When I proposed to my girlfriend, Sarah, in September 2013, I thought that would be the biggest moment of my year. Little did I know that just a few months later, at the age of 24, I would be diagnosed with stage III colorectal cancer.
My diagnosis came after I’d started to notice a pain in my back. I thought it was just kidney stones, but doctors found a mass in my abdomen during a wellness exam. An ultrasound and a CT scan revealed a racquetball-sized tumor in my colon. Not wanting to take any chances, I came to MD Anderson and had a colonoscopy with Patrick Lynch, M.D.
I anxiously waited and prayed for results, so when I got the phone call confirming my diagnosis, I was scared but relieved. I knew my faith in God would keep me going.
Because I have no family history of cancer, colorectal cancer at my age was quite surprising. However, Dr. Lynch ran genetic tests that showed I have Lynch Syndrome, a rare genetic condition that made me more susceptible to getting colorectal cancer and that was actually discovered by Dr. Lynch’s father.
My initial colorectal cancer treatment
In December 2013, I started treatment at MD Anderson. I endured six rounds of a chemotherapy cocktail called FOLFOX-6, which stole my energy and my appetite, and caused neuropathy in my fingers and toes.
On Good Friday of 2014, I visited a local emergency room for severe internal bleeding. The doctors got me stabilized so that I could return to MD Anderson for an emergency embolization procedure to stop the bleeding.
A few weeks after I’d recovered, Miguel Rodriguez-Bigas, M.D., performed an 8.5-hour surgery to remove the tumor. I felt very comfortable in his care and knew that I was in good hands.
The surgery removed about 40% of my colon, as well as 20% of my right kidney and more than 30 lymph nodes. I also had intraoperative radiation therapy. Fortunately, I didn’t need an ileostomy, a surgical opening created in the abdomen wall to remove bodily waste. I’ve learned to find small silver linings in experiences like this.
After recovering, I had six more rounds of chemotherapy. It felt so good to ring the bell at MD Anderson to mark the end of my treatment in September 2014.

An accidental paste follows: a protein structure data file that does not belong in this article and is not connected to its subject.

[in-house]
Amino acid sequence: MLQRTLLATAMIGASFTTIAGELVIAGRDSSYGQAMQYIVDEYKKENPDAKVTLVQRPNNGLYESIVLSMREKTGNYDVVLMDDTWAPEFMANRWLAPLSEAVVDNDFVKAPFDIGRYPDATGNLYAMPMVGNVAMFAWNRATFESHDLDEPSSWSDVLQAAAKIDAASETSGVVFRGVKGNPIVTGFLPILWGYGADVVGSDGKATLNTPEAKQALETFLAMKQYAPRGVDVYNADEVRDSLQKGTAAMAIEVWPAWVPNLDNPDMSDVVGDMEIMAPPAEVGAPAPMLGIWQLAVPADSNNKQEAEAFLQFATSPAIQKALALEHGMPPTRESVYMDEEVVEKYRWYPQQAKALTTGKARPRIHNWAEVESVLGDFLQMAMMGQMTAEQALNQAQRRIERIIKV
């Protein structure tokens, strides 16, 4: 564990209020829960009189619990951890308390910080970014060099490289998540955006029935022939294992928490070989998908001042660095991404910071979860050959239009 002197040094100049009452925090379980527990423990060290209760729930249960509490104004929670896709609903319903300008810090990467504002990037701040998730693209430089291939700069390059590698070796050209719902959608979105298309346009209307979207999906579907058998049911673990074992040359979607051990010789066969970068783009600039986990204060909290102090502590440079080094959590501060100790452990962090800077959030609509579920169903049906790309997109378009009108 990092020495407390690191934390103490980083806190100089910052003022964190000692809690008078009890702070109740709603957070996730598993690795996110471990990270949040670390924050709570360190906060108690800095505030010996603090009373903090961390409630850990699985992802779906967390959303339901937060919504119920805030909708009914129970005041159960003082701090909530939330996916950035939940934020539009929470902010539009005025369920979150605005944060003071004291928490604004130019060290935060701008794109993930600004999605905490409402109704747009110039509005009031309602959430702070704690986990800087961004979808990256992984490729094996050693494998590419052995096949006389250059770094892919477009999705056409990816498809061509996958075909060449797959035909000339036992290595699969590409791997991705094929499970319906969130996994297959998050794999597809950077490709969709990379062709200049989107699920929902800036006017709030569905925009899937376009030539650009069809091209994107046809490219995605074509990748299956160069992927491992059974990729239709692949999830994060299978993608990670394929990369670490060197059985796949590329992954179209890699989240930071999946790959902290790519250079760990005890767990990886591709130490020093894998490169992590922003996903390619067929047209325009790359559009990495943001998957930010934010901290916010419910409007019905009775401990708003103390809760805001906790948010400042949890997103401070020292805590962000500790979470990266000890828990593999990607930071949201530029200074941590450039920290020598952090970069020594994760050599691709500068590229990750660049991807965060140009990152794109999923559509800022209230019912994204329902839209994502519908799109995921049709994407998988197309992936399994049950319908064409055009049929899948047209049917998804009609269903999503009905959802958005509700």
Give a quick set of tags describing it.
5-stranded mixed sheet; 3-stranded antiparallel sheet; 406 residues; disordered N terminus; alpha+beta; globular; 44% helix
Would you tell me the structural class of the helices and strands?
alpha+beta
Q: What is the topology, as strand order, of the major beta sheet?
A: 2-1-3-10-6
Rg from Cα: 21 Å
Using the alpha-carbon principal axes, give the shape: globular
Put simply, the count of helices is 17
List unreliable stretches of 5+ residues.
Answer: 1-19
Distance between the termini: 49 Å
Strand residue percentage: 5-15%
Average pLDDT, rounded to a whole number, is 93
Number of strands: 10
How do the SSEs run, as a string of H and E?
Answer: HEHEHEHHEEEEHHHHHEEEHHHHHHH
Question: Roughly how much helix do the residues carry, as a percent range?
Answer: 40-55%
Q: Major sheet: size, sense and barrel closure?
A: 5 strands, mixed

A colorectal cancer recurrence
Following my treatment, I moved on to planning my wedding, but cancer had other plans. A checkup revealed two enlarged, cancerous lymph nodes near my spine. We decided to try another six rounds of chemotherapy with a drug called irinotecan. This time I lost all my hair, and I was constantly exhausted and nauseous.
When scans showed that the chemo wasn’t helping and I wound up in the ER with a swollen tongue and disorientation, my doctors took me off irinotecan.
Choosing an immunotherapy clinical trial
At that point, my oncologist, Michael Overman, M.D., recommended an immunotherapy clinical trial he was leading. I decided to give it a try.
I started taking nivolumab in March 2015, and I’ve had nothing but positive results. My lymph nodes have returned to normal sizes, and I’ve got my energy and appetite back. I’ve had no significant side effects, and everything else has more or less turned around for me.
Finding strength and encouragement through others
I married Sarah on Nov. 28, 2015, seven years after I first asked her out. I’m so glad that she has been with me throughout this rollercoaster ride. She’s been my rock since my diagnosis.
During my journey, I’ve learned the importance of seeking encouragement from others battling colorectal cancer. I became an active participant in a Facebook support group, which was a great source of inspiration and strength.
I’ve also been participating in the annual SCOPE 5K at MD Anderson since 2014. My first year, I had to do the run in a wheelchair because I was weak from chemotherapy, but I got up to walk across the finish line. My family and friends have been by my side every year, with a team we call “Boom Shaka Team Tydlacka.”
Most importantly, I received strength and courage from God. My faith has helped to keep my spirits strong, despite everything, and I know that I wouldn’t be here without Him.
When you face off against cancer, you learn to live life one day at a time and enjoy the little things. Most importantly, you learn to never give up.
Thomas Tydlacka will be honored at the 12th annual SCOPE 5K run, which will be held at MD Anderson on Saturday, March 25, 2017. The race promotes colorectal cancer screening and honors those diagnosed with the disease. Learn more.
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